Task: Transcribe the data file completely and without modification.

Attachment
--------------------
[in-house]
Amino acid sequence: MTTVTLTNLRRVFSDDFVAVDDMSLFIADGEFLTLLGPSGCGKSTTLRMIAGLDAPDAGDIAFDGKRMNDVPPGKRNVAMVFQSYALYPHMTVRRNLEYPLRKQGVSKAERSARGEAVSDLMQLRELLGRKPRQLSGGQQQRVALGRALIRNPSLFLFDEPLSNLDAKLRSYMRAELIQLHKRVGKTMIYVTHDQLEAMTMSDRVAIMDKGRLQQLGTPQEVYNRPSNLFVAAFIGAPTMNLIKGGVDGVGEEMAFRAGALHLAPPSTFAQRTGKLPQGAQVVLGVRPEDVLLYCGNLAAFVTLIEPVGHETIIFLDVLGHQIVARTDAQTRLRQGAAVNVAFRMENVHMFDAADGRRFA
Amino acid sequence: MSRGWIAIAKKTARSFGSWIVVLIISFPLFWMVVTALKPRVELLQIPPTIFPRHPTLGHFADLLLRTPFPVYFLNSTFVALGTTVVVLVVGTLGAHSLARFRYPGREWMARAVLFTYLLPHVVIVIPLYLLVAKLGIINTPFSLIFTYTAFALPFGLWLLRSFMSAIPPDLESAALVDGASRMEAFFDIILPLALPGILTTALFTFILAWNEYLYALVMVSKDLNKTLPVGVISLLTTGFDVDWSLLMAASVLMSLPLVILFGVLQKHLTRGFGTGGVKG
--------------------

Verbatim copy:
[in-house]
Amino acid sequence: MTTVTLTNLRRVFSDDFVAVDDMSLFIADGEFLTLLGPSGCGKSTTLRMIAGLDAPDAGDIAFDGKRMNDVPPGKRNVAMVFQSYALYPHMTVRRNLEYPLRKQGVSKAERSARGEAVSDLMQLRELLGRKPRQLSGGQQQRVALGRALIRNPSLFLFDEPLSNLDAKLRSYMRAELIQLHKRVGKTMIYVTHDQLEAMTMSDRVAIMDKGRLQQLGTPQEVYNRPSNLFVAAFIGAPTMNLIKGGVDGVGEEMAFRAGALHLAPPSTFAQRTGKLPQGAQVVLGVRPEDVLLYCGNLAAFVTLIEPVGHETIIFLDVLGHQIVARTDAQTRLRQGAAVNVAFRMENVHMFDAADGRRFA
Amino acid sequence: MSRGWIAIAKKTARSFGSWIVVLIISFPLFWMVVTALKPRVELLQIPPTIFPRHPTLGHFADLLLRTPFPVYFLNSTFVALGTTVVVLVVGTLGAHSLARFRYPGREWMARAVLFTYLLPHVVIVIPLYLLVAKLGIINTPFSLIFTYTAFALPFGLWLLRSFMSAIPPDLESAALVDGASRMEAFFDIILPLALPGILTTALFTFILAWNEYLYALVMVSKDLNKTLPVGVISLLTTGFDVDWSLLMAASVLMSLPLVILFGVLQKHLTRGFGTGGVKG